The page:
We’ve been away and without connectivity for much of the last week. And what a week to choose. This summer will live in memory for its news and events. Some days, the real world is more like theatre than theatre is.
Through tools such as Reeder, and the many eyes and ears of Twitter, we just about kept abreast, snatching 3G, EDGE or feeble GPRS where location permitted, and quickly learning where towns and villages could give us WiFi. (A shout-out here for the excellent Toucan Café in Minehead, its good food and free wireless.)
Back home, I’ve caught up in detail on the accumulated reading. I wish it had been less dispiriting. It’s come to something when, as Euan said, Russell Brand is more credible than the Prime Minister.
View Larger Map ‘London has innumerable facets …’
Exciting times in ICT as its interconnections with other school subjects become clearer and as we build new areas to our curriculum. And some of that really does involve building.
This is a video made by my colleague, Olly Rokison, of his working Tower Bridge model. Both model and video are being used this year in our ICT course for our 13 year-olds as we explore how things are now talking to us.
From our school website (where the full, annotated Arduino code can be downloaded):
At St Paul's, we take a steady interest in new and emerging technologies. We have been experimenting recently with the open source Arduino hardware.
In this project, Oliver Rokison, Technology, ICT and Computing teacher, built a working paper model of Tower Bridge, connected it via Arduino gear to the Tower Bridge Twitter account — and the result is a model that mimics the movements of the real bridge.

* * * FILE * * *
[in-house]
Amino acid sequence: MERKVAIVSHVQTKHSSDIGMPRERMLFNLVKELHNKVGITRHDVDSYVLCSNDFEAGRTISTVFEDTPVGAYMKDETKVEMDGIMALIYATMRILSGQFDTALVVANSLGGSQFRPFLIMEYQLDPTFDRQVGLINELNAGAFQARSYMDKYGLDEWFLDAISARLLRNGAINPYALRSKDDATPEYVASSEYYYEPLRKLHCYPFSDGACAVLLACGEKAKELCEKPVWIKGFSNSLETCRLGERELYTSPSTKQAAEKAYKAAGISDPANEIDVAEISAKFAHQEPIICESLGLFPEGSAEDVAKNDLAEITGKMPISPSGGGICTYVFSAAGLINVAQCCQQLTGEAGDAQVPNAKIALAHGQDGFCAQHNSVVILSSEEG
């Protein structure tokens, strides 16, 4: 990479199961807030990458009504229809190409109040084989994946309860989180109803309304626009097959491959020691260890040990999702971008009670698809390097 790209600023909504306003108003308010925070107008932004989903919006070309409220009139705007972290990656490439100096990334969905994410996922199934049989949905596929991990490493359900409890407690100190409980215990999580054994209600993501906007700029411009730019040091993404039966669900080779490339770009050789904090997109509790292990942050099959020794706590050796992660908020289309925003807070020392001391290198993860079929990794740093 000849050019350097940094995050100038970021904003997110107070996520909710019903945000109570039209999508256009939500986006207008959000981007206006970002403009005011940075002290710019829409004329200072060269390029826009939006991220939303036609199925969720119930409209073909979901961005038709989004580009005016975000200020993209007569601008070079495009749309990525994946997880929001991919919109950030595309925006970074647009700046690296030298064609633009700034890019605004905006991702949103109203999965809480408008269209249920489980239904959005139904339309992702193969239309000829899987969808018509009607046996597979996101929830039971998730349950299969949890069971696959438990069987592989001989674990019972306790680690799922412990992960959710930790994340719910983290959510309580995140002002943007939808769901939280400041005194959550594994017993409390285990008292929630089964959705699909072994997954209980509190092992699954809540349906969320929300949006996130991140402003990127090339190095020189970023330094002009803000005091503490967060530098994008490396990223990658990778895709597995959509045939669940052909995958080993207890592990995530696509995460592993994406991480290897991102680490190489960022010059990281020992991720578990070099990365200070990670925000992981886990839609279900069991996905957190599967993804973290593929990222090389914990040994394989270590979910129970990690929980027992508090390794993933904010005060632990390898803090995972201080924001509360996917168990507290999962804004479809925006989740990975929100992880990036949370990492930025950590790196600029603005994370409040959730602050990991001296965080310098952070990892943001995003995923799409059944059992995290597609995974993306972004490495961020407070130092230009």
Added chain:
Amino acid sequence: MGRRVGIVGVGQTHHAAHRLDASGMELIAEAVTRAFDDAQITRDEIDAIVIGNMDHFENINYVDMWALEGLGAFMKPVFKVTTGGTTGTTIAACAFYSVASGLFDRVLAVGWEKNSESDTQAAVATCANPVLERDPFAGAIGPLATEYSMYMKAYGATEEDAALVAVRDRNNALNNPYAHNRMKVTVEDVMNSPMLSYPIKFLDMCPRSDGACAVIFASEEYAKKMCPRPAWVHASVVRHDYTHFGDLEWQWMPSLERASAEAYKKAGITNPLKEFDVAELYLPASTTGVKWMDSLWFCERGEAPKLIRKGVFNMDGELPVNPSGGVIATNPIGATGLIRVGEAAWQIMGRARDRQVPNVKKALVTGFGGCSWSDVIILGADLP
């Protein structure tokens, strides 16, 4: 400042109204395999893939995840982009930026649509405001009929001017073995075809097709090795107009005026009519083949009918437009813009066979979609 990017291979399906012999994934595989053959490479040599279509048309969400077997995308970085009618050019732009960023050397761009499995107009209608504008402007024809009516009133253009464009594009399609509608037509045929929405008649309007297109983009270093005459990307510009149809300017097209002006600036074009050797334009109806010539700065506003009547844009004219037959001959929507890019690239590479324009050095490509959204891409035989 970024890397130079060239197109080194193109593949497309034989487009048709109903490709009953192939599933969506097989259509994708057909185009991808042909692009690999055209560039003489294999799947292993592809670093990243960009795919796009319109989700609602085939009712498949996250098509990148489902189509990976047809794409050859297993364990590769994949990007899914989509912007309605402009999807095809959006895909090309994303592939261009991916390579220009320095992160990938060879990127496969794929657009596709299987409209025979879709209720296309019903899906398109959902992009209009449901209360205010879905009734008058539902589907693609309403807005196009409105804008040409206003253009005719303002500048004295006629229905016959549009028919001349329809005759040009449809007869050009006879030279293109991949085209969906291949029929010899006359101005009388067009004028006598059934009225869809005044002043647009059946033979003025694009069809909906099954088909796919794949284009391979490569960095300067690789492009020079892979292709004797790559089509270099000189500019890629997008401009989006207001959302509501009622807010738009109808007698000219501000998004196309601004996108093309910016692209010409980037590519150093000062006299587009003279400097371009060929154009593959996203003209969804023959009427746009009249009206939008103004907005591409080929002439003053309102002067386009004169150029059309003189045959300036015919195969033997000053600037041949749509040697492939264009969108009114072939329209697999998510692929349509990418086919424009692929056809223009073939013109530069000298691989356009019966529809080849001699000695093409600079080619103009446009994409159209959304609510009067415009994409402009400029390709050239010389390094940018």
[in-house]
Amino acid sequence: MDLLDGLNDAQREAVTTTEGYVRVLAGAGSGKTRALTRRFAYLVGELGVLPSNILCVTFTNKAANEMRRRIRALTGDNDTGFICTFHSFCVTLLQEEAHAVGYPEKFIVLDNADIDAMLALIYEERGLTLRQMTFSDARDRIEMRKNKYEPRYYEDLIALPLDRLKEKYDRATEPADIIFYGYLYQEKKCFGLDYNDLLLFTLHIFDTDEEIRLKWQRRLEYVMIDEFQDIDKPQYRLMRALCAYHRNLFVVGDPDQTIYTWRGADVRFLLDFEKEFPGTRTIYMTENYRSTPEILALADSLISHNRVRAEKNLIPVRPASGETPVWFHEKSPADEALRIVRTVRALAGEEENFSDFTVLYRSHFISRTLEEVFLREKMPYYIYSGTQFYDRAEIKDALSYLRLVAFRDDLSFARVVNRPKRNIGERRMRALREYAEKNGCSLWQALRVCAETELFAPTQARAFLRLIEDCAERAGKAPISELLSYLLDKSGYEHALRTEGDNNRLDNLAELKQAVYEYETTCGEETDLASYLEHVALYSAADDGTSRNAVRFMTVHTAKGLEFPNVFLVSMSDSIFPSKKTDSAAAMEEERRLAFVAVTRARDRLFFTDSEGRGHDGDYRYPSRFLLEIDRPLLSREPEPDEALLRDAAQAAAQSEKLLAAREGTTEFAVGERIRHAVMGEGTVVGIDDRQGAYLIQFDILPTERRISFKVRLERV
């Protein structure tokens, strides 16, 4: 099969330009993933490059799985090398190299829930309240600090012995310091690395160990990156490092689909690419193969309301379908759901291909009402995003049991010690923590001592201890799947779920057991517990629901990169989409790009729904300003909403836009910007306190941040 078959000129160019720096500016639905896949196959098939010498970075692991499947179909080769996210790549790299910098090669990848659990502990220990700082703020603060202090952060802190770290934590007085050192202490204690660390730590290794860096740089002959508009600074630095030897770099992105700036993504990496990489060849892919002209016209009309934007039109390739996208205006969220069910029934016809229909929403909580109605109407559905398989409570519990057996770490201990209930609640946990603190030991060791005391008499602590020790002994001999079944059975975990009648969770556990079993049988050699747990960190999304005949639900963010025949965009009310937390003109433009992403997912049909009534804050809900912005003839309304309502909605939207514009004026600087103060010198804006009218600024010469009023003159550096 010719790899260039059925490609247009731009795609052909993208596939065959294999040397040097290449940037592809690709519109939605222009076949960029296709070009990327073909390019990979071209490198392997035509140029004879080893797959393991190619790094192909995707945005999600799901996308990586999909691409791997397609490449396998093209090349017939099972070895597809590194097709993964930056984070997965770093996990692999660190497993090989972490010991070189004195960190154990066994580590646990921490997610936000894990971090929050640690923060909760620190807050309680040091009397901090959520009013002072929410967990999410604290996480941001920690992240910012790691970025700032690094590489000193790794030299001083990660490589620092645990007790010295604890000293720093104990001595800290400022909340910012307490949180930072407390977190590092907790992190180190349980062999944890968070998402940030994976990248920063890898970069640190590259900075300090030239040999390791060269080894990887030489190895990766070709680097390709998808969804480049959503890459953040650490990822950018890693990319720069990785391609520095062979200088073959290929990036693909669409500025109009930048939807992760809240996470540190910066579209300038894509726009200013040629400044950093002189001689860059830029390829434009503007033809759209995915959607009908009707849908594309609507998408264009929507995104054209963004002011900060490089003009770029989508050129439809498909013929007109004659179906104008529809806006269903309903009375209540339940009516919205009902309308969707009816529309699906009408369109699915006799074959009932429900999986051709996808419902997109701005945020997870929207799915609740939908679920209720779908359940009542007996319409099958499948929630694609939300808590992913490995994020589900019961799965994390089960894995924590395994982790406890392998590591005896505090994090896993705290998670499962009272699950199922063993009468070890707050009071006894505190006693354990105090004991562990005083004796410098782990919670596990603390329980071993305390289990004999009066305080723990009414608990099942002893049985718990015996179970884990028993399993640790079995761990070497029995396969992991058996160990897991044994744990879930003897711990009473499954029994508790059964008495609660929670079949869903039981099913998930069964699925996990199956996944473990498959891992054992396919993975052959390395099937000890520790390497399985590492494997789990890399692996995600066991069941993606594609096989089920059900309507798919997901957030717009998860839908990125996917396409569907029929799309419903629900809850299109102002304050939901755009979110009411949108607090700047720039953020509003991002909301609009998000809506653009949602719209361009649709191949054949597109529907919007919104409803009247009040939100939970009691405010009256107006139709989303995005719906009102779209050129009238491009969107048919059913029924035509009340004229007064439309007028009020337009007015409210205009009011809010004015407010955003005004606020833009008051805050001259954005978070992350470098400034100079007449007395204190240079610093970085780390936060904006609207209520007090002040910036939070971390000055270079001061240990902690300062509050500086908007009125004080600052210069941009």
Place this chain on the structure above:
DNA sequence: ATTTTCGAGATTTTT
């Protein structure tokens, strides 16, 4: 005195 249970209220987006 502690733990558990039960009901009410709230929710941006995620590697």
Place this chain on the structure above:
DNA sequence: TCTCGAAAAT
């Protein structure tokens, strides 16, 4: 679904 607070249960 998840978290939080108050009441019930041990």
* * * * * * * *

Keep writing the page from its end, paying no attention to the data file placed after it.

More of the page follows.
Last August, Bruno Giussani wrote:
The rapid growth of free newspapers in European (and, for now to a lesser extent, American) cities is one of the most interesting phenomena in recent publishing history.
His post is dense with information about this phenomenon, the newspaper and advertising industries and the subversion of both traditional newspaper economics and editorial mix. He concludes:
… many of the freesheets do not shy away from writing about that scarecrow of many traditional newsrooms: products and commerce. It always amazes me how a gigantic pan of our daily life is fenced out of most traditional newspapers because "it would constitute free advertisement": we buy clothes, use cell phones and cameras and tons of other gadgets, go to restaurants, play videogames, want to be informed if a new grocer opens in the neighborhood or a new Apple store opens in town or a new route is opened by a low-cost airline, but most of this stuff never shows up in the editorial pages of most dailies, or only within specific columns. Books and movies and music pass muster because they're "culture", but cell phones apparently aren't, and "serious" newsrooms want Nokia and Samsung to appear only in the ad pages. Free newspapers don't care about this: they know that most of us spend more time using our cell phones than going to movie theatres, and when a new cool model comes out, they deem it newsworthy. In this sense, free dailies are way more modern and in tune with the times than most traditional newspapers.
That's one take on the freesheet phenomenon. Here's another … On 12 February, 2007, the FT published this letter: